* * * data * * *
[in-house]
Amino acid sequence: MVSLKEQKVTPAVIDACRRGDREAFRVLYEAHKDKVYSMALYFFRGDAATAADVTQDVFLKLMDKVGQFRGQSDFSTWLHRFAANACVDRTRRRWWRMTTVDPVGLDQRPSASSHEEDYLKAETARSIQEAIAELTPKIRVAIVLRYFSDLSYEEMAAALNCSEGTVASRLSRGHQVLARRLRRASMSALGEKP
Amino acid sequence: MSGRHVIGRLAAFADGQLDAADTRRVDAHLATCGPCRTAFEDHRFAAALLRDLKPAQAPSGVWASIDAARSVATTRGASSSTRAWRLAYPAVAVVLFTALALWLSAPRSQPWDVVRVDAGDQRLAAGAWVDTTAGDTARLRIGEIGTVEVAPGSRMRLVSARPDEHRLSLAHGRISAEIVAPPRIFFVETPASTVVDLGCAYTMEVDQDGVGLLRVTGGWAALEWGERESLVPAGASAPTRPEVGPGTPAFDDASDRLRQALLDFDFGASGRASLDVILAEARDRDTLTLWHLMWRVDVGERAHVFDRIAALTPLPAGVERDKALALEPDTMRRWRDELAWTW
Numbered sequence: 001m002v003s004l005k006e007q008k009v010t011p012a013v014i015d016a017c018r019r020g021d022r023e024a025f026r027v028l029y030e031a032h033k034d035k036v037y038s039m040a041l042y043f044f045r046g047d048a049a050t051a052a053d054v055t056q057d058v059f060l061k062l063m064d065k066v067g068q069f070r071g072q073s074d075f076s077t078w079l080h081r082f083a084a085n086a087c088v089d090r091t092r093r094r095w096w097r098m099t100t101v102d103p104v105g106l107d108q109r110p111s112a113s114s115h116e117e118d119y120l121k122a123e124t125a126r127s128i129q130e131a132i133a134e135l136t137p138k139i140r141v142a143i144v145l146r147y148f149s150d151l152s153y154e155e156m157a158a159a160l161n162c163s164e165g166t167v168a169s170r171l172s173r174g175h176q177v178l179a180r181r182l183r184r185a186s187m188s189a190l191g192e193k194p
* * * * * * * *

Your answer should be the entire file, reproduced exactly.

[in-house]
Amino acid sequence: MVSLKEQKVTPAVIDACRRGDREAFRVLYEAHKDKVYSMALYFFRGDAATAADVTQDVFLKLMDKVGQFRGQSDFSTWLHRFAANACVDRTRRRWWRMTTVDPVGLDQRPSASSHEEDYLKAETARSIQEAIAELTPKIRVAIVLRYFSDLSYEEMAAALNCSEGTVASRLSRGHQVLARRLRRASMSALGEKP
Amino acid sequence: MSGRHVIGRLAAFADGQLDAADTRRVDAHLATCGPCRTAFEDHRFAAALLRDLKPAQAPSGVWASIDAARSVATTRGASSSTRAWRLAYPAVAVVLFTALALWLSAPRSQPWDVVRVDAGDQRLAAGAWVDTTAGDTARLRIGEIGTVEVAPGSRMRLVSARPDEHRLSLAHGRISAEIVAPPRIFFVETPASTVVDLGCAYTMEVDQDGVGLLRVTGGWAALEWGERESLVPAGASAPTRPEVGPGTPAFDDASDRLRQALLDFDFGASGRASLDVILAEARDRDTLTLWHLMWRVDVGERAHVFDRIAALTPLPAGVERDKALALEPDTMRRWRDELAWTW
Numbered sequence: 001m002v003s004l005k006e007q008k009v010t011p012a013v014i015d016a017c018r019r020g021d022r023e024a025f026r027v028l029y030e031a032h033k034d035k036v037y038s039m040a041l042y043f044f045r046g047d048a049a050t051a052a053d054v055t056q057d058v059f060l061k062l063m064d065k066v067g068q069f070r071g072q073s074d075f076s077t078w079l080h081r082f083a084a085n086a087c088v089d090r091t092r093r094r095w096w097r098m099t100t101v102d103p104v105g106l107d108q109r110p111s112a113s114s115h116e117e118d119y120l121k122a123e124t125a126r127s128i129q130e131a132i133a134e135l136t137p138k139i140r141v142a143i144v145l146r147y148f149s150d151l152s153y154e155e156m157a158a159a160l161n162c163s164e165g166t167v168a169s170r171l172s173r174g175h176q177v178l179a180r181r182l183r184r185a186s187m188s189a190l191g192e193k194p